Coastal Conservation

Invasive Plant Removal at Florida Coastal Islands Sanctuaries Improves Habitat

A diverse habitat will be more resilient in the face of rising sea levels and temperatures.

Removal of invasive vegetation is nearly complete at Whiskey Stump and Green Keys (the original Hillsborough Bay nesting island), and the Alafia Bank’s Bird and Sunken islands. This effort has largely focused on the highly invasive Brazilian pepper and lead tree. Treatment of invasive species will be followed by planting natives such as buttonwood and Florida privet. 

We will create a diverse habitat that will be more resilient in the face of rising sea levels and temperatures. Restored habitat will not only provide nesting substrate for our herons, egrets, spoonbills, and pelicans, so they can raise the next generation, but will be a refuge for wintering and migrating birds that use the islands for resting and foraging.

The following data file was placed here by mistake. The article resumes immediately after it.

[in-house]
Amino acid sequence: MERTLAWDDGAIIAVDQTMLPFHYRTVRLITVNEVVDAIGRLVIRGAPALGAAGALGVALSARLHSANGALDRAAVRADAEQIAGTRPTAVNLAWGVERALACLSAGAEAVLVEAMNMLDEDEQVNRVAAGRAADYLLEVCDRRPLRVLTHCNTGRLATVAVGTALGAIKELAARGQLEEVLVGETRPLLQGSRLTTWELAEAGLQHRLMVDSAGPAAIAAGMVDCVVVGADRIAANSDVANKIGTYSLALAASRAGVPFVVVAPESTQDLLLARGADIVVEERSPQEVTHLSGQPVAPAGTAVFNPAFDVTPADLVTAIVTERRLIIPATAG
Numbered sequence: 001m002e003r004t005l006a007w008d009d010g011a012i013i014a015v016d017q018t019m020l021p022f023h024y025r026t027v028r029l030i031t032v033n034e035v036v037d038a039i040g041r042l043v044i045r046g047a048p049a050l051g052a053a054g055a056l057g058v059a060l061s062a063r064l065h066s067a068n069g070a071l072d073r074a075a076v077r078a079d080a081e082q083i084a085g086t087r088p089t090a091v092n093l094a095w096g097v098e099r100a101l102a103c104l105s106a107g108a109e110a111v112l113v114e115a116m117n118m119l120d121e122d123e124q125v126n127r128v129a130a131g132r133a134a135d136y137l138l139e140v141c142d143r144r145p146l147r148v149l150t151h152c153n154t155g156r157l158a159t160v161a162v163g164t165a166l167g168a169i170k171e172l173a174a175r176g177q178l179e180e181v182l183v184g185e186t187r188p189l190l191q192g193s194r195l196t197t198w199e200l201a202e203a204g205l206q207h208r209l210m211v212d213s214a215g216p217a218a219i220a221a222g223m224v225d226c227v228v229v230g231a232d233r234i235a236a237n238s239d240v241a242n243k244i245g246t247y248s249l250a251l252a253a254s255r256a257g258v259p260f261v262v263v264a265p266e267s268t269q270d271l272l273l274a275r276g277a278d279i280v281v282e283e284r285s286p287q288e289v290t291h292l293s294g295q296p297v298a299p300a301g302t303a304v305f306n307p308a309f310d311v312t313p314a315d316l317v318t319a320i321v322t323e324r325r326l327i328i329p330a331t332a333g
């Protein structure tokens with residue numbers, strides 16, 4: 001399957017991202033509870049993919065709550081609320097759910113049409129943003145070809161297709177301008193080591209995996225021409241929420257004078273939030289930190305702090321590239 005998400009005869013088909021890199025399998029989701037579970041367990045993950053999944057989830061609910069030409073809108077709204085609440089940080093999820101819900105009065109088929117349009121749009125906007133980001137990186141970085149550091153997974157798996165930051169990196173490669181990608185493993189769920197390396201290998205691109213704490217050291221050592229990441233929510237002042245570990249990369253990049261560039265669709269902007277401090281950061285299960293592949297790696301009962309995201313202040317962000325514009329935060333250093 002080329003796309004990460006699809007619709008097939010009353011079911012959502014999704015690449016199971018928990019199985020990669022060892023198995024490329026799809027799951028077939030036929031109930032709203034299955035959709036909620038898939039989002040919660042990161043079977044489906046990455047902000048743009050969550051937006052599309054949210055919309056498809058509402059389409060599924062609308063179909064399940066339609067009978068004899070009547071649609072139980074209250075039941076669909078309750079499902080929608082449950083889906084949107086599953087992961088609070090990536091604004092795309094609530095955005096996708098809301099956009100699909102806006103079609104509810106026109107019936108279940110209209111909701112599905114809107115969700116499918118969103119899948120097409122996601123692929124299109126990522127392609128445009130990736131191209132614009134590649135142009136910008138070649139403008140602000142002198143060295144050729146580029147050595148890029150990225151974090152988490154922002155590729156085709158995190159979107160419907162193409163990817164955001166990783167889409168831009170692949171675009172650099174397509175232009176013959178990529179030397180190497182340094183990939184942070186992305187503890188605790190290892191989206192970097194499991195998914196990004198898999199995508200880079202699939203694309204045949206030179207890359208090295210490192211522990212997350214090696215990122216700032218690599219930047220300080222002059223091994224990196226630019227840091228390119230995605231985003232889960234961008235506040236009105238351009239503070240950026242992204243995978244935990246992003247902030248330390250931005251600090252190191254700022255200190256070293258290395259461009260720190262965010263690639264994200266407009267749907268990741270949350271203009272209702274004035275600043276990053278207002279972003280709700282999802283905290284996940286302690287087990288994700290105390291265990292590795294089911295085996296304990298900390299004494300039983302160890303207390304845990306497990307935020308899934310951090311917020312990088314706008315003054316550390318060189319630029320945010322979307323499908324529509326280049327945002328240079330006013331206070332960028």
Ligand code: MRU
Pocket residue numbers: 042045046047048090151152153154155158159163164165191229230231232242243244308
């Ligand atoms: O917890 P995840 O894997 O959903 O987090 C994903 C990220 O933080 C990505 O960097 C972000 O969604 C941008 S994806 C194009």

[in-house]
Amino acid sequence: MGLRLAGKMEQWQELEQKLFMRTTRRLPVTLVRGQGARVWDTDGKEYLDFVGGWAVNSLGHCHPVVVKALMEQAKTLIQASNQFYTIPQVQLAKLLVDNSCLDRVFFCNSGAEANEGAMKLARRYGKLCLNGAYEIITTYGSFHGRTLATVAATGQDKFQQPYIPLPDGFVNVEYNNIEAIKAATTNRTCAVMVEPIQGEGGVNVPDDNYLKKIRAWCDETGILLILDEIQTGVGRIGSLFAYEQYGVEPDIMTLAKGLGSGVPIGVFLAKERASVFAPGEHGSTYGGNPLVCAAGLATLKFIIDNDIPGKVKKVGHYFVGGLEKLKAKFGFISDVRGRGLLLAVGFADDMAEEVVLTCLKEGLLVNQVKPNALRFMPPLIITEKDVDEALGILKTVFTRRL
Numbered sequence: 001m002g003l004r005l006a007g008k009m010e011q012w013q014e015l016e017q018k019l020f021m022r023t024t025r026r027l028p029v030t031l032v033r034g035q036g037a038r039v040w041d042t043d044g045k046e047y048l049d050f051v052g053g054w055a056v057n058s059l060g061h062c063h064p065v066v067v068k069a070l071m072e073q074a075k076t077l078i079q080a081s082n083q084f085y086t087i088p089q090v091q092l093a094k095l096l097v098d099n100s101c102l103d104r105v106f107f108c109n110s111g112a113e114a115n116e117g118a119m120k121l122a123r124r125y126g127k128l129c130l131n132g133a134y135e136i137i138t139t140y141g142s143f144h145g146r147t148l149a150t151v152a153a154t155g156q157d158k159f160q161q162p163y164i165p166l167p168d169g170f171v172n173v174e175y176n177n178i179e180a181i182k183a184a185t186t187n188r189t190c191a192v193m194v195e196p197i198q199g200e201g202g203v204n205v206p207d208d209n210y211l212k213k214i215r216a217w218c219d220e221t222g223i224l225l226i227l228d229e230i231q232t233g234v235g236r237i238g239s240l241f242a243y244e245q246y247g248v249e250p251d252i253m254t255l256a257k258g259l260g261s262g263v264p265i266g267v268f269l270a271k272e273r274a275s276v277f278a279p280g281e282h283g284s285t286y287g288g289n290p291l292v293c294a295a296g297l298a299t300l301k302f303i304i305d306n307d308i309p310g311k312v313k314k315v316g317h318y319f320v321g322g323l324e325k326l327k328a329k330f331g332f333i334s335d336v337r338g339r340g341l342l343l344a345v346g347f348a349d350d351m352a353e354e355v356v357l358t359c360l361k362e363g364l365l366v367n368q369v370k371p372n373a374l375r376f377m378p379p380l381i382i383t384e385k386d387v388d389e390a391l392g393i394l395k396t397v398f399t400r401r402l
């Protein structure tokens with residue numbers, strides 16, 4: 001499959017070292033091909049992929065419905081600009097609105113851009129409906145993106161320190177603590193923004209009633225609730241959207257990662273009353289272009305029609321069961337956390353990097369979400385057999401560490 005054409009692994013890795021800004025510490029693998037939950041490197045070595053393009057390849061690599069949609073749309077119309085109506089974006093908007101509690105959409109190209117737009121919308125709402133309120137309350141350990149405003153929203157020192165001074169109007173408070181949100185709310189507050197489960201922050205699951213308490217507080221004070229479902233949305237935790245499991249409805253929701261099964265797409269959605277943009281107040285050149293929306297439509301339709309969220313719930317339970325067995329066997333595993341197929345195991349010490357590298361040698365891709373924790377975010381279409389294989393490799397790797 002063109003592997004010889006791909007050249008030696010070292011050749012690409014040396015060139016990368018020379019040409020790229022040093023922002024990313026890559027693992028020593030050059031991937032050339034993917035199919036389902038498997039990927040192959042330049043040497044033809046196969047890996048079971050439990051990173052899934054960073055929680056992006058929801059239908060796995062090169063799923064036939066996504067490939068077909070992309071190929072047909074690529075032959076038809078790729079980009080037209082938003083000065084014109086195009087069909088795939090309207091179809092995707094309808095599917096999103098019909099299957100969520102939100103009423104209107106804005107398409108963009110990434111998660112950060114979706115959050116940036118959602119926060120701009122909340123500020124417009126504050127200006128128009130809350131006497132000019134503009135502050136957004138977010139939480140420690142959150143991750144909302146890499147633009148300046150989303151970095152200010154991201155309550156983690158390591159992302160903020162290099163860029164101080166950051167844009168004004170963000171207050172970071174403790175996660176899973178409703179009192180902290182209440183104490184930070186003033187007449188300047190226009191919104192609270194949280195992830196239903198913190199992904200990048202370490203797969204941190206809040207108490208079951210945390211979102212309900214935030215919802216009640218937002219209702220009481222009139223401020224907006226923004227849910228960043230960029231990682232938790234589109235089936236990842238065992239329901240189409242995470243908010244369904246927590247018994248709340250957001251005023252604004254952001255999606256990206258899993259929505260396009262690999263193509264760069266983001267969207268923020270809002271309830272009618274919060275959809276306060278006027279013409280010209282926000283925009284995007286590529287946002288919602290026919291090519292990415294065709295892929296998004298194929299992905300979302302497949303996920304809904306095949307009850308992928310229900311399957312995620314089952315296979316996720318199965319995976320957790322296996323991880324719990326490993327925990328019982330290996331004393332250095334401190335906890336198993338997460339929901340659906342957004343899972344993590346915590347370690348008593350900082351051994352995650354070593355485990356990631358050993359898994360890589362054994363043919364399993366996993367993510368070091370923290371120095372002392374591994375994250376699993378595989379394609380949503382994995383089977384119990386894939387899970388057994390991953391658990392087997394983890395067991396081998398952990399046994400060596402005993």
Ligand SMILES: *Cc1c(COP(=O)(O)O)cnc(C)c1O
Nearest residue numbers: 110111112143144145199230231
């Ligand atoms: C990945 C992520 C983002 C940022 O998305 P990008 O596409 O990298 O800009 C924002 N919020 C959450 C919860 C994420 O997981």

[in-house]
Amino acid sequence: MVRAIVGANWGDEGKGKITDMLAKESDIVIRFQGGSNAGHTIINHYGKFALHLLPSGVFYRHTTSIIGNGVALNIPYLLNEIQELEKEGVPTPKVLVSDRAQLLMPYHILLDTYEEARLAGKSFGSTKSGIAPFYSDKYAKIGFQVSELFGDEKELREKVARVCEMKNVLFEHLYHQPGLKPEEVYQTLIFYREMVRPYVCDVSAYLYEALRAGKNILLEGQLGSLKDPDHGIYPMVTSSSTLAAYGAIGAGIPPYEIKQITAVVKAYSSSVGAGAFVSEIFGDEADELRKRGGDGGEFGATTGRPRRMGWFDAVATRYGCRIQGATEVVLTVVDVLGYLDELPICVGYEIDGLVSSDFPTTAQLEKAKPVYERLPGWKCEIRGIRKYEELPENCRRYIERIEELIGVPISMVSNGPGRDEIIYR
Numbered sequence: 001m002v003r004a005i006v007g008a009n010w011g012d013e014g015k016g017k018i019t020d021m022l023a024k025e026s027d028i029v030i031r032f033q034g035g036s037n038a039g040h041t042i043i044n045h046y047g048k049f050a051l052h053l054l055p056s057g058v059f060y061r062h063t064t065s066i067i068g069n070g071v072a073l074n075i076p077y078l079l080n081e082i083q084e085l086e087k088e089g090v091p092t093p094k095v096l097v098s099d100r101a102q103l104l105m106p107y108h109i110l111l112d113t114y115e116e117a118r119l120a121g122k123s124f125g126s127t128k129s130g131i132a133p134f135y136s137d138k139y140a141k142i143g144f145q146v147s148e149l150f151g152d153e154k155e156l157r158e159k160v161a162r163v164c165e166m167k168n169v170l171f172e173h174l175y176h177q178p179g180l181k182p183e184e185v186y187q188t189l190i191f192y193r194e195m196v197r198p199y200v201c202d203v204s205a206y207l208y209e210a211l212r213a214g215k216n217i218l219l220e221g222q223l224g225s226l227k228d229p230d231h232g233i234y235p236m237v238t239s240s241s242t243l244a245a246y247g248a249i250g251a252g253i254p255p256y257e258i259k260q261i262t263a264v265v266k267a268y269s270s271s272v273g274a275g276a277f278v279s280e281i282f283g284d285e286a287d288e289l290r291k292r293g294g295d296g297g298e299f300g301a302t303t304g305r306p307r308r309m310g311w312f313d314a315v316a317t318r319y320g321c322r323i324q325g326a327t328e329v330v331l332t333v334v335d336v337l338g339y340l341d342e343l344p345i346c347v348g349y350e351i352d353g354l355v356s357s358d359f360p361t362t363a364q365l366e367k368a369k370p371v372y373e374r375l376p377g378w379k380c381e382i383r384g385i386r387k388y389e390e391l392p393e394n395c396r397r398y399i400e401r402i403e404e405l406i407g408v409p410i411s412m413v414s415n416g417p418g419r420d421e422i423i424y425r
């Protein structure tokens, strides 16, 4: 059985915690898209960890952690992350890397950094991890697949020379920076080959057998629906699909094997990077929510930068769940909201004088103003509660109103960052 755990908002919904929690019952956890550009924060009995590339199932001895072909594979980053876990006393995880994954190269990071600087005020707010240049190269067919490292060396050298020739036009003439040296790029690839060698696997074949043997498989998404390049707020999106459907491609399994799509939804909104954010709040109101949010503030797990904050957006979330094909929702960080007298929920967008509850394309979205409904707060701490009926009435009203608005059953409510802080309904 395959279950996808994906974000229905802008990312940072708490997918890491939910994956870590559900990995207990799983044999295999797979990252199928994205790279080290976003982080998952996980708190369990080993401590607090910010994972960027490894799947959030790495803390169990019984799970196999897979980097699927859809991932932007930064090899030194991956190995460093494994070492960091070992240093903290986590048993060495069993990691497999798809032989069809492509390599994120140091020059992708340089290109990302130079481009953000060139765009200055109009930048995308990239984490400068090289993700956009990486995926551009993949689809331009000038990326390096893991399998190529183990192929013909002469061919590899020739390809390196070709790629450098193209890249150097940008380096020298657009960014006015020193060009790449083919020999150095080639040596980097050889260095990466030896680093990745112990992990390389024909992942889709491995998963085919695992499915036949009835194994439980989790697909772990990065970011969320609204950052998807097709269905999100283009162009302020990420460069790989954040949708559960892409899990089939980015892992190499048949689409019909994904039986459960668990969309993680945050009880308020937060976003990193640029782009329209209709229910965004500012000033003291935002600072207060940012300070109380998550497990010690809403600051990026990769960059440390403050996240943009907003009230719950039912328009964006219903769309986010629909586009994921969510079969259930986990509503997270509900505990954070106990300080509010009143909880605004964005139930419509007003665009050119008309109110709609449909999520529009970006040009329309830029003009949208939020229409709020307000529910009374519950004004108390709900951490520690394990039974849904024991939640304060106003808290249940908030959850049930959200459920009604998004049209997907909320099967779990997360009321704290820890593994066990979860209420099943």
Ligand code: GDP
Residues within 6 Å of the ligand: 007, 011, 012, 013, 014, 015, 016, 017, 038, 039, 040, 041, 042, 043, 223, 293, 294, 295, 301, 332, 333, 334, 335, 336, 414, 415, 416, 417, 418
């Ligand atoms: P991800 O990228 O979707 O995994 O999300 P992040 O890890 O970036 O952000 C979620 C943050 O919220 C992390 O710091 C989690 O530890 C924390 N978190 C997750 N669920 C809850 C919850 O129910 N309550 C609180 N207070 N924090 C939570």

“By removing these exotics we are giving native species a chance to establish themselves in their rightful place,” says Jeff Liechty, Assistant Sanctuary Manager for Audubon Florida, “These are special islands for Tampa Bay’s birds, and we should be treating them as such. Restoring native plant communities to these islands is an important element in preserving the whole ecosystem.” 

*The Alafia Bank is a Florida Fish and Wildlife Conservation Commission-designated Critical Wildlife Area (CWA) and is leased from and managed in collaboration with The Mosaic Company and Port Tampa Bay as a bird sanctuary.

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